On September 14, 2005, 4 years and 3 days following 9/11 attacks, Delta Air Lines (DAL) entered into the equivalent of corporate jail and became wardens of the state/courts. Hopefully they will be granted parole soon. It was a very sad day in our family as my father is a retired pilot from Delta, giving over 32 years of service to the company. The source of my sadness is not necessarily the financial situation at Delta but rather what their bankruptcy symbolizes to me – the death of an ideology.
I grew up in the “Delta Family” and while the airline that C.E. Woolman found will most likely live on, the family he fathered is certainly lost forever. My fondest Delta memories are of attending the summertime Delta picnics. The swimming pool with the extra-high slide, the “old” guys playing softball, Grandy’s fried chicken and country dancing. One year, we managed to sneak away a couple of our parents’ beers and we went out to the car and tried to act like grown-ups by “throwing one back”.
When I grew up, I wanted to marry a flight attendant because I knew them to be the sweetest people in the world. On my first flight alone, I was served 5 ice cream sundaes. That was back when non-revving meant sitting in first class. The only time my brother and I got along was when we were non-revving. We fought incessantly when we were at home but while we were flying our father would constantly threaten us that Delta would pull our passes if we didn’t behave. He would tell us story after story about kids having their flying privileges revoked so they had to stay home with the baby sitter while everyone else went to Disney Land. I'm now convinced that these stories were fictional but they worked.
I remember the tremendous pride I felt when our college marketing class studied the “Delta Family”. I remember testimony after testimony of fellow Dallasittes who cherished flying Delta over AA because of the superior service they received. I remember the Spirit of Delta poster on the wall in our game room which was ironically sold within weeks of bankruptcy – the plane not the poster. I remember my dad telling me about how Delta was considered a nothing airline compared to Braniff and how his buddies ribbed him when he was hired in '72.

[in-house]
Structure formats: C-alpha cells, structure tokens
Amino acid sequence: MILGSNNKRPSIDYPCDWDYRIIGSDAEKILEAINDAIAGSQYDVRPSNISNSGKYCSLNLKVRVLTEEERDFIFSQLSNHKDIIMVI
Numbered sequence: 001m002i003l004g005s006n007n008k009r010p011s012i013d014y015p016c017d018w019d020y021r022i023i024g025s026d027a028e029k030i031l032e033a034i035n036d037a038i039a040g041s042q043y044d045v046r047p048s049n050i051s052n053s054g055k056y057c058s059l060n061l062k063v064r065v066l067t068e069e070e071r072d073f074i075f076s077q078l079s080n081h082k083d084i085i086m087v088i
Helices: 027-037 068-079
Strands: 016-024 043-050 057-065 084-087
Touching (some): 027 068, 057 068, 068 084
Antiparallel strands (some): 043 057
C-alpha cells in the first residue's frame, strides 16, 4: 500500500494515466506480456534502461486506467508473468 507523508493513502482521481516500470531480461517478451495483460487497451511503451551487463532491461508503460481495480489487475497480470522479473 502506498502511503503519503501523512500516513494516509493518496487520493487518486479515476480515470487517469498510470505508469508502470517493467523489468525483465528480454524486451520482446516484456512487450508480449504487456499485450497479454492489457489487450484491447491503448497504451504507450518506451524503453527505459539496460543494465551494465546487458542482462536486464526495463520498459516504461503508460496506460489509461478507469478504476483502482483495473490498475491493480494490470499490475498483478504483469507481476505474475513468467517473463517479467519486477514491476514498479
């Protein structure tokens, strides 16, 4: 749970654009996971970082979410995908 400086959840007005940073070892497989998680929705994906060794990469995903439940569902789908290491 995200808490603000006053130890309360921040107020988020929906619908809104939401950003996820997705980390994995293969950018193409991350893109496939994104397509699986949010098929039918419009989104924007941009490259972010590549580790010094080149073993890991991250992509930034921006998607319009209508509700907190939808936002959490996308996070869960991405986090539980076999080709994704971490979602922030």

Unfortunately, I also remember making a sales call to Delta and having a member of Delta’s management explaining to me that Southwest wasn’t a competitor. I remember the first strike vote. I remember the revolving door at the upper management level. I owe a tremendous debt of gratitude to Delta. They offered my father gainful employment which allowed him to send my brother and me to a couple of the finest schools in the country. They offered us the opportunity to be reunited with our extended family every summer and Christmas. The absolute best part about your Dad being a pilot was the flexibility it offered him. My dad coached all my little league teams – even soccer. I cannot remember a HS or college game of mine that he wasn’t able to attend. All though he was gone a lot, he was always there whenever it mattered. Birthdays, Games, School Plays – Anything that mattered, he was there.